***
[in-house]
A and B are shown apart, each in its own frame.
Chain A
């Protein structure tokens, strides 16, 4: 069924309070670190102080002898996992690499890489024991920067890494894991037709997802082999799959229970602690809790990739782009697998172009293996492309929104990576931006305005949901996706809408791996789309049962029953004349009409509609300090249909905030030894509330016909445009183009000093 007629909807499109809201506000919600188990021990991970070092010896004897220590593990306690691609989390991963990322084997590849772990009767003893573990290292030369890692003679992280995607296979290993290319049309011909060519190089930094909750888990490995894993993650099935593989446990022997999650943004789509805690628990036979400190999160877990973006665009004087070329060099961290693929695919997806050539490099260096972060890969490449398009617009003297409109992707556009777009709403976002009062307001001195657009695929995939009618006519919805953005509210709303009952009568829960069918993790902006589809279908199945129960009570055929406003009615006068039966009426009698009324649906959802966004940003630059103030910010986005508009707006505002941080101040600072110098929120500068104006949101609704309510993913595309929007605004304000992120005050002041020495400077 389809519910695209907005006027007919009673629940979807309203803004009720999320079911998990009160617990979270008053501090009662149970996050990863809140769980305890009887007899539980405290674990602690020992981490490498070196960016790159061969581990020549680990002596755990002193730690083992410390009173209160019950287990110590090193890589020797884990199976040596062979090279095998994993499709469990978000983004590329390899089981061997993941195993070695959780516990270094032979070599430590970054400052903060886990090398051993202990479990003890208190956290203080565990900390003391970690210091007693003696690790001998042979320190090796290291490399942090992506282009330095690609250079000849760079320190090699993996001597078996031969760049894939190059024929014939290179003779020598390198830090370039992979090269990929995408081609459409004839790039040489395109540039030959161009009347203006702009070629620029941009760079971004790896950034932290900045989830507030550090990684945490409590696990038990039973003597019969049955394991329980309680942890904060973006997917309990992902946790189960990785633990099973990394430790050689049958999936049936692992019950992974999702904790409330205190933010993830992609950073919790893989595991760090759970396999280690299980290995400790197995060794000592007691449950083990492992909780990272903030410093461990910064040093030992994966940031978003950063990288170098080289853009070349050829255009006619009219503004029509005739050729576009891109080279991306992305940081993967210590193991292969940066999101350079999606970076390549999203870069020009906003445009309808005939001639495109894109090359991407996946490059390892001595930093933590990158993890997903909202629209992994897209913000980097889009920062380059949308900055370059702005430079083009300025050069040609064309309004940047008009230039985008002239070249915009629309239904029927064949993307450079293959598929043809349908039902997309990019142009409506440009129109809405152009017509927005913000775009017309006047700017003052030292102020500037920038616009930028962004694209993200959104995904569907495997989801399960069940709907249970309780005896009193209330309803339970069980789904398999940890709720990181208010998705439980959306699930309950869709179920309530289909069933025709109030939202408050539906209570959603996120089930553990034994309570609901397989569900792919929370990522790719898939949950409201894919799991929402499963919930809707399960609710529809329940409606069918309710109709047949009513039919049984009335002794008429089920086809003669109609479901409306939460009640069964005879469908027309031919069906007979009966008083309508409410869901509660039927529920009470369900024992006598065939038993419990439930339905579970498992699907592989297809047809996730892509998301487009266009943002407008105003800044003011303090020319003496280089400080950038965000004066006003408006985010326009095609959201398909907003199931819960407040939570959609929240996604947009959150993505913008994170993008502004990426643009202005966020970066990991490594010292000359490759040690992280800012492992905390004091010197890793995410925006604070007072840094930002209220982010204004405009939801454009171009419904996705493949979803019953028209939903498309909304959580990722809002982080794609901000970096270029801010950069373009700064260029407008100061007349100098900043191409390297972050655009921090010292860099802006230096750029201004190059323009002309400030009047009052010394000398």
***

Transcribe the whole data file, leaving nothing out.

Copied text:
[in-house]
A and B are shown apart, each in its own frame.
Chain A
């Protein structure tokens, strides 16, 4: 069924309070670190102080002898996992690499890489024991920067890494894991037709997802082999799959229970602690809790990739782009697998172009293996492309929104990576931006305005949901996706809408791996789309049962029953004349009409509609300090249909905030030894509330016909445009183009000093 007629909807499109809201506000919600188990021990991970070092010896004897220590593990306690691609989390991963990322084997590849772990009767003893573990290292030369890692003679992280995607296979290993290319049309011909060519190089930094909750888990490995894993993650099935593989446990022997999650943004789509805690628990036979400190999160877990973006665009004087070329060099961290693929695919997806050539490099260096972060890969490449398009617009003297409109992707556009777009709403976002009062307001001195657009695929995939009618006519919805953005509210709303009952009568829960069918993790902006589809279908199945129960009570055929406003009615006068039966009426009698009324649906959802966004940003630059103030910010986005508009707006505002941080101040600072110098929120500068104006949101609704309510993913595309929007605004304000992120005050002041020495400077 389809519910695209907005006027007919009673629940979807309203803004009720999320079911998990009160617990979270008053501090009662149970996050990863809140769980305890009887007899539980405290674990602690020992981490490498070196960016790159061969581990020549680990002596755990002193730690083992410390009173209160019950287990110590090193890589020797884990199976040596062979090279095998994993499709469990978000983004590329390899089981061997993941195993070695959780516990270094032979070599430590970054400052903060886990090398051993202990479990003890208190956290203080565990900390003391970690210091007693003696690790001998042979320190090796290291490399942090992506282009330095690609250079000849760079320190090699993996001597078996031969760049894939190059024929014939290179003779020598390198830090370039992979090269990929995408081609459409004839790039040489395109540039030959161009009347203006702009070629620029941009760079971004790896950034932290900045989830507030550090990684945490409590696990038990039973003597019969049955394991329980309680942890904060973006997917309990992902946790189960990785633990099973990394430790050689049958999936049936692992019950992974999702904790409330205190933010993830992609950073919790893989595991760090759970396999280690299980290995400790197995060794000592007691449950083990492992909780990272903030410093461990910064040093030992994966940031978003950063990288170098080289853009070349050829255009006619009219503004029509005739050729576009891109080279991306992305940081993967210590193991292969940066999101350079999606970076390549999203870069020009906003445009309808005939001639495109894109090359991407996946490059390892001595930093933590990158993890997903909202629209992994897209913000980097889009920062380059949308900055370059702005430079083009300025050069040609064309309004940047008009230039985008002239070249915009629309239904029927064949993307450079293959598929043809349908039902997309990019142009409506440009129109809405152009017509927005913000775009017309006047700017003052030292102020500037920038616009930028962004694209993200959104995904569907495997989801399960069940709907249970309780005896009193209330309803339970069980789904398999940890709720990181208010998705439980959306699930309950869709179920309530289909069933025709109030939202408050539906209570959603996120089930553990034994309570609901397989569900792919929370990522790719898939949950409201894919799991929402499963919930809707399960609710529809329940409606069918309710109709047949009513039919049984009335002794008429089920086809003669109609479901409306939460009640069964005879469908027309031919069906007979009966008083309508409410869901509660039927529920009470369900024992006598065939038993419990439930339905579970498992699907592989297809047809996730892509998301487009266009943002407008105003800044003011303090020319003496280089400080950038965000004066006003408006985010326009095609959201398909907003199931819960407040939570959609929240996604947009959150993505913008994170993008502004990426643009202005966020970066990991490594010292000359490759040690992280800012492992905390004091010197890793995410925006604070007072840094930002209220982010204004405009939801454009171009419904996705493949979803019953028209939903498309909304959580990722809002982080794609901000970096270029801010950069373009700064260029407008100061007349100098900043191409390297972050655009921090010292860099802006230096750029201004190059323009002309400030009047009052010394000398």